About this film
If it was happening in one gyre, they suspected it was happening in all of them. But the filmmakers needed experts to prove it.
Scientists were brought in at each stage to analyze the findings from one part of the story to add their data to the overall report on the five gyres.
In the center of the Pacific Ocean gyre researchers found more plastic than plankton. A Plastic Ocean documents the newest science, proving how plastics, once they enter the oceans, break up into small particulates that enter the food chain where they attract toxins like a magnet. These toxins are stored in seafood’s fatty tissues, and eventually consumed by us.
- Producer Jo Ruxton joined an expedition to the so-called Great Pacific Garbage Patch in the North Pacific Gyre, 1500 miles off the coast of San Francisco, to ascertain its impact. When the expedition discovered free-floating microplastics instead of an anticipated solid mass that could be contained, Jo knew she had to begin the film that would become A Plastic Ocean.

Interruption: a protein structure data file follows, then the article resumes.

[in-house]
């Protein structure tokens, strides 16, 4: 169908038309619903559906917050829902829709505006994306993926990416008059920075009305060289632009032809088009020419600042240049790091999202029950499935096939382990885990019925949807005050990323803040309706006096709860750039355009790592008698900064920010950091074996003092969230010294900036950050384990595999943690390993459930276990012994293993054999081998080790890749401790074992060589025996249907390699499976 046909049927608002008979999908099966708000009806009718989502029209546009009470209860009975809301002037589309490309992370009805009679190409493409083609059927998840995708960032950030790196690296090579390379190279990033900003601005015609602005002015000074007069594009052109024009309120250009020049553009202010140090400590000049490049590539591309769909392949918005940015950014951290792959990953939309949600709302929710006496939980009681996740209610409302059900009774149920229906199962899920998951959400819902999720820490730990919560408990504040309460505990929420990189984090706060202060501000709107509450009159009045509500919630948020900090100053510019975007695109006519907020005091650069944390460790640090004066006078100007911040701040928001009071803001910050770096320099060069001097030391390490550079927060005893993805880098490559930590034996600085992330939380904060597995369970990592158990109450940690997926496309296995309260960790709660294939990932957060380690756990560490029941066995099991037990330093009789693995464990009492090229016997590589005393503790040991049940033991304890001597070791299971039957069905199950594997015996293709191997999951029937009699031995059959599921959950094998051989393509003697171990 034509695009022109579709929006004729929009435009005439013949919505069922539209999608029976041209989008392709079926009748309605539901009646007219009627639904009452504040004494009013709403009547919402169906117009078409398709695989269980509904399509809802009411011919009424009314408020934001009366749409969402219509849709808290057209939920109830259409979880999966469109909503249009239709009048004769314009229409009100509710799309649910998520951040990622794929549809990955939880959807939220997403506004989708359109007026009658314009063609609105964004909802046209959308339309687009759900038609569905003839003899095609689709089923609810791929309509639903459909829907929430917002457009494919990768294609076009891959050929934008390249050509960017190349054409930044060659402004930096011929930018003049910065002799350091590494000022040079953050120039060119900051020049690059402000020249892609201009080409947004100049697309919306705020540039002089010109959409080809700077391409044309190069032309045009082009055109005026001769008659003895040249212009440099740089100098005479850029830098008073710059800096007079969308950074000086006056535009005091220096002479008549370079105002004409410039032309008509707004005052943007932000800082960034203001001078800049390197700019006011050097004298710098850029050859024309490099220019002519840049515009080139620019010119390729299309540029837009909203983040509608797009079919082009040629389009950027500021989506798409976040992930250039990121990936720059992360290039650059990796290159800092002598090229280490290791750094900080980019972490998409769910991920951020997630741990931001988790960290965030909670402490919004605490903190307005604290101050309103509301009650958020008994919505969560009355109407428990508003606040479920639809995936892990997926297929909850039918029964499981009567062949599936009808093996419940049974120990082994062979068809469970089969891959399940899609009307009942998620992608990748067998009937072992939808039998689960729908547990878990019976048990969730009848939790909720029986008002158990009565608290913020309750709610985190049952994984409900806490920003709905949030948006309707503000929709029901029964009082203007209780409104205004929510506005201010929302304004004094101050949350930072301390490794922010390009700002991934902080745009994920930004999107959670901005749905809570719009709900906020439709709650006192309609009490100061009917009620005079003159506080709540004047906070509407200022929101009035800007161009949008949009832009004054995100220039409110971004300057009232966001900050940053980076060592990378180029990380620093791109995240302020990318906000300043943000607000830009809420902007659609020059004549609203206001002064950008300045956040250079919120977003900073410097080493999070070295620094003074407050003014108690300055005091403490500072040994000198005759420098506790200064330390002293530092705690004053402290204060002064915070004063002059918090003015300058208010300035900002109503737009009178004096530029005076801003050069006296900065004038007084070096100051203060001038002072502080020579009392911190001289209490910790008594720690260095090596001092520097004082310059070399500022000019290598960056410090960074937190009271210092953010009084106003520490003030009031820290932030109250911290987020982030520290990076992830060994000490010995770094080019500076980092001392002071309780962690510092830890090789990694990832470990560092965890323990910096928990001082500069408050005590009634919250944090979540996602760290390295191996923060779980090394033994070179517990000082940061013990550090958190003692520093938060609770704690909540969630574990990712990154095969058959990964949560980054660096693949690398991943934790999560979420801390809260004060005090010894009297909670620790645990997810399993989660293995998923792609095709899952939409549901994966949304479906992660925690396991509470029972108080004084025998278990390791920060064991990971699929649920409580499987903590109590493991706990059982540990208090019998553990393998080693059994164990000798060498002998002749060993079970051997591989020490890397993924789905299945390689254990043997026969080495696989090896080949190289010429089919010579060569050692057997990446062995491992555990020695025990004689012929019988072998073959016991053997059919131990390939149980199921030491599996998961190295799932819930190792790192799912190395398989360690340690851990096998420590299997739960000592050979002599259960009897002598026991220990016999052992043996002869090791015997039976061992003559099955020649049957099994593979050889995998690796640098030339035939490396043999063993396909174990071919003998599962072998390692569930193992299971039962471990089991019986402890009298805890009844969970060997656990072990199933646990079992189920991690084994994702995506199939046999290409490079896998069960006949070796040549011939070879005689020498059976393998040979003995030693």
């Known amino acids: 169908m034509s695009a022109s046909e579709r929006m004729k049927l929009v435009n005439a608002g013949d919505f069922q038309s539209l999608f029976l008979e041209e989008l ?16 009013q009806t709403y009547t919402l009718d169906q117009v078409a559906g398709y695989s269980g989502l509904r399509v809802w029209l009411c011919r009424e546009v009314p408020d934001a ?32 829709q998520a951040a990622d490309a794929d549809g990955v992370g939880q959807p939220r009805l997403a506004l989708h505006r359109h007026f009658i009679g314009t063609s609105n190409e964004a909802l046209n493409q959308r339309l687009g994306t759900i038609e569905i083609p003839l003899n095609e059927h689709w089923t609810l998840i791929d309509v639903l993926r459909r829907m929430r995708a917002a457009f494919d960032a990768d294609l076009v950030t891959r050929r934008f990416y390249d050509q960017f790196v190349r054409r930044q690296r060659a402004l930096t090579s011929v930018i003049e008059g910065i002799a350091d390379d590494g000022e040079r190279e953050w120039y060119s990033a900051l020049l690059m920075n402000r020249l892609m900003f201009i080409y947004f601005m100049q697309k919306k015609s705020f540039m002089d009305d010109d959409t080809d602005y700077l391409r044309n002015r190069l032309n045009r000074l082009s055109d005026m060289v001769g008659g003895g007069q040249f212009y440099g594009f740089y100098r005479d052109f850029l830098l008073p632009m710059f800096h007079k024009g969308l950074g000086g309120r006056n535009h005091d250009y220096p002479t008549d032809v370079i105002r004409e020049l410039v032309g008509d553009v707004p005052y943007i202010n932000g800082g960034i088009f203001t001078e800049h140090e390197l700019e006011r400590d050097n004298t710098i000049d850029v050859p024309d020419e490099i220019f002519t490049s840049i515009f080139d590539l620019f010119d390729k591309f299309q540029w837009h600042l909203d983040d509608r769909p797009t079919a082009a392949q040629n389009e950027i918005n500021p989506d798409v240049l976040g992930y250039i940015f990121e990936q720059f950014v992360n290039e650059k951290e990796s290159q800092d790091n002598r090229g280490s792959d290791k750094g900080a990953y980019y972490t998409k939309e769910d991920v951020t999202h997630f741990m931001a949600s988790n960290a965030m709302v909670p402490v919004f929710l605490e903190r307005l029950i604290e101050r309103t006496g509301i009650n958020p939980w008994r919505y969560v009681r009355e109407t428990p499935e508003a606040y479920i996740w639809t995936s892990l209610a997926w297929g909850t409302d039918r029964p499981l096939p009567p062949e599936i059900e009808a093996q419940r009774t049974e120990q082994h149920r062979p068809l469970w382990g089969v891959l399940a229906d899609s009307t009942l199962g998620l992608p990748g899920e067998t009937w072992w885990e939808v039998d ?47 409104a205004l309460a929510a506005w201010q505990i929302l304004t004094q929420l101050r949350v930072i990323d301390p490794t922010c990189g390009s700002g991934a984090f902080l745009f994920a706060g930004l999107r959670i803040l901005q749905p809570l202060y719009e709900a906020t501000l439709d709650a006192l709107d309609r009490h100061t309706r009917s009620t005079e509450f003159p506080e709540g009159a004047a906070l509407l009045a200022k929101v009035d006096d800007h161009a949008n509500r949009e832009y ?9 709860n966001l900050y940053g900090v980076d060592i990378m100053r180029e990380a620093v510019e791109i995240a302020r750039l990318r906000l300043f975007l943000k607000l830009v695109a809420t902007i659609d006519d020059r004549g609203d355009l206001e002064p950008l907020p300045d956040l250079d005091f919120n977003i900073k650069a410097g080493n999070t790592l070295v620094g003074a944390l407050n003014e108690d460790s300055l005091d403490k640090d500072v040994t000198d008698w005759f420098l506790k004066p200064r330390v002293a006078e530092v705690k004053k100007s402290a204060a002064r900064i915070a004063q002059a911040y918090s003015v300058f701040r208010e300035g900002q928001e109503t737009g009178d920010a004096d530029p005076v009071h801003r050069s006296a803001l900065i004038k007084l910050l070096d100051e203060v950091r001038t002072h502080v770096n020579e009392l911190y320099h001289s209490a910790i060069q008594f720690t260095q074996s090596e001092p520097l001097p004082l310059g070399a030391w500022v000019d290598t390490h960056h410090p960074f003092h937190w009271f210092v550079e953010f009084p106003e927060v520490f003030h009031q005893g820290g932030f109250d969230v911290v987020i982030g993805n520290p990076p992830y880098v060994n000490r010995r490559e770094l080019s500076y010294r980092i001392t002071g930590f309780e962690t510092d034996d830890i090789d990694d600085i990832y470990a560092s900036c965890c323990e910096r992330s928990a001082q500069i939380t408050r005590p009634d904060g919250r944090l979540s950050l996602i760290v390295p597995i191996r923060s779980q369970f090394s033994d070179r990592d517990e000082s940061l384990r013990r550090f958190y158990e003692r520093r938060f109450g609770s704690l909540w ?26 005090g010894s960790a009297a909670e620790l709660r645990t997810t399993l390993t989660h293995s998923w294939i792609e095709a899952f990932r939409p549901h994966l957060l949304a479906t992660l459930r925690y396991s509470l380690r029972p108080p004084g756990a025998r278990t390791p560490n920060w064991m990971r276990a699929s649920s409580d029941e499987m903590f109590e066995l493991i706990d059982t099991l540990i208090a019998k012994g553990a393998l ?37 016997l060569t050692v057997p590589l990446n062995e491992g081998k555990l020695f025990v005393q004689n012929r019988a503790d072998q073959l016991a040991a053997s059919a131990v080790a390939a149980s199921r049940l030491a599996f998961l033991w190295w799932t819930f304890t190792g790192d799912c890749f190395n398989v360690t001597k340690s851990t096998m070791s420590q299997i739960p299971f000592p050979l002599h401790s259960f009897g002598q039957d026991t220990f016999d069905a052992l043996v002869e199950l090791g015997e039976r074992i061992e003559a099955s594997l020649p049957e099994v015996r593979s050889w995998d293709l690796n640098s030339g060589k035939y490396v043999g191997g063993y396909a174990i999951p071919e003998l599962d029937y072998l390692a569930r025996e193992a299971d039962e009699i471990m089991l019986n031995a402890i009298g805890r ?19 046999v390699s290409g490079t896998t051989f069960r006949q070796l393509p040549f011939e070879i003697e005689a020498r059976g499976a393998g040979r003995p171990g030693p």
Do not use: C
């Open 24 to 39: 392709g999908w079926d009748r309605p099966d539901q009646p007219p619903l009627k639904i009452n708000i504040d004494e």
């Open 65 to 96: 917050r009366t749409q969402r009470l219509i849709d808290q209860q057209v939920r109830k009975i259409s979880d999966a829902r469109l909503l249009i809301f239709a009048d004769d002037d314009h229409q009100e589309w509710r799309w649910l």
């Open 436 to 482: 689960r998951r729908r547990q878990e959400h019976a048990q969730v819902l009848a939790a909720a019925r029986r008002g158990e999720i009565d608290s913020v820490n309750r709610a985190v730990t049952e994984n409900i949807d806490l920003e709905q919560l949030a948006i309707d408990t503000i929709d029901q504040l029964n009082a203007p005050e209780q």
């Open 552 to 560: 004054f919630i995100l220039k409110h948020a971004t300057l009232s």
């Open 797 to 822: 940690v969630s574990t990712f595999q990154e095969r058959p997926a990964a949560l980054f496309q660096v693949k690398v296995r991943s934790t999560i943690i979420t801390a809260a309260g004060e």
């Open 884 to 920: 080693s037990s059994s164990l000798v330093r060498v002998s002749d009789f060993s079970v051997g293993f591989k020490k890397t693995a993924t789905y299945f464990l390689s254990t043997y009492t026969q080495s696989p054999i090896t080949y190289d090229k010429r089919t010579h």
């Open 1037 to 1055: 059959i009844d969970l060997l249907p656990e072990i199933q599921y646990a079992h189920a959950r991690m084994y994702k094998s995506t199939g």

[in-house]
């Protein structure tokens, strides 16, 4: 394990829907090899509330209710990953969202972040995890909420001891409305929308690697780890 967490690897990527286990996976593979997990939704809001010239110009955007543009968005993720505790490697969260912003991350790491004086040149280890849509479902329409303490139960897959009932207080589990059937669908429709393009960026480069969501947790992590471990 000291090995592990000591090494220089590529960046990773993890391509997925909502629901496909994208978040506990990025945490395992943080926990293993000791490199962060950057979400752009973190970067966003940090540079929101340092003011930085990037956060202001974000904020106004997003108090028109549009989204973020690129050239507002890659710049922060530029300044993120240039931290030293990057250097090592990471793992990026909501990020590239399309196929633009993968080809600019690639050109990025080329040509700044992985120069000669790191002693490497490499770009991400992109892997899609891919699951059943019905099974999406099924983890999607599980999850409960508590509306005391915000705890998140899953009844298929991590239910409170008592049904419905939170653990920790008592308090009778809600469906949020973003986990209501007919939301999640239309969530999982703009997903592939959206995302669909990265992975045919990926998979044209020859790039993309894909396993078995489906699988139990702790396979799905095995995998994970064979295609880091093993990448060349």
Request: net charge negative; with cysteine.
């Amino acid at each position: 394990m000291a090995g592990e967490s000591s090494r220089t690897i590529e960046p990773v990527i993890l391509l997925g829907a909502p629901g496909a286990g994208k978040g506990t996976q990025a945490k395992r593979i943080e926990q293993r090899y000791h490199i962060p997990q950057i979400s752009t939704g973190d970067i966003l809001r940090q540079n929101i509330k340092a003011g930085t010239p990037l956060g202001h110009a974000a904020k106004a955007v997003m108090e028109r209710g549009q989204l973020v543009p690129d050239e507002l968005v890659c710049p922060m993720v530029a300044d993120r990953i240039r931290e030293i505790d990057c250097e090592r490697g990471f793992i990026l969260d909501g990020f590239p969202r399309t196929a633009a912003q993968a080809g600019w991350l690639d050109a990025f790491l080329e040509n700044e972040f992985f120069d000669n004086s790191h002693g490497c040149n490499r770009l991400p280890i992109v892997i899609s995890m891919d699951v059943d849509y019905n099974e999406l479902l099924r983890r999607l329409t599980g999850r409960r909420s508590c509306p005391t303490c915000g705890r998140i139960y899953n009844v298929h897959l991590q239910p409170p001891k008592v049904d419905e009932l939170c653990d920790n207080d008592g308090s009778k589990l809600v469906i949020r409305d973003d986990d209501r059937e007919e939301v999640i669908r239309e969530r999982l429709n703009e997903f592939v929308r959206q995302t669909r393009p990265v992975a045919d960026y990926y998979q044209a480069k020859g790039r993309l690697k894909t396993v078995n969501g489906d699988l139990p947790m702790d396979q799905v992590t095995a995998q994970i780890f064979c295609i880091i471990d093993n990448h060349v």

- Jo had worked for the WWF International in Hong Kong and partnered with director and journalist Craig Leeson. Their first collaboration was on a documentary about endangered Pink Dolphins in Hong Kong.
- Jo and Craig brought on Dr. Lindsay Porter, an expert in cetaceans (whales and dolphins).
- Together they contacted the world’s experts to see what was known about plastic pollution in the gyres.
- The team expanded to include Dr. Bonnie Monteleone who had already found microplastic in other gyres she had investigated. She joined the expedition to the South Pacific gyre.
- With new information emerging about the extent of the issue in each of the Ocean gyres, free diving champion Tanya Streeter joined the team. Together they set off on what would be a four-year global odyssey to explore the issue of plastics in our oceans and its effect on marine ecosystems and human health, including endocrine disruption.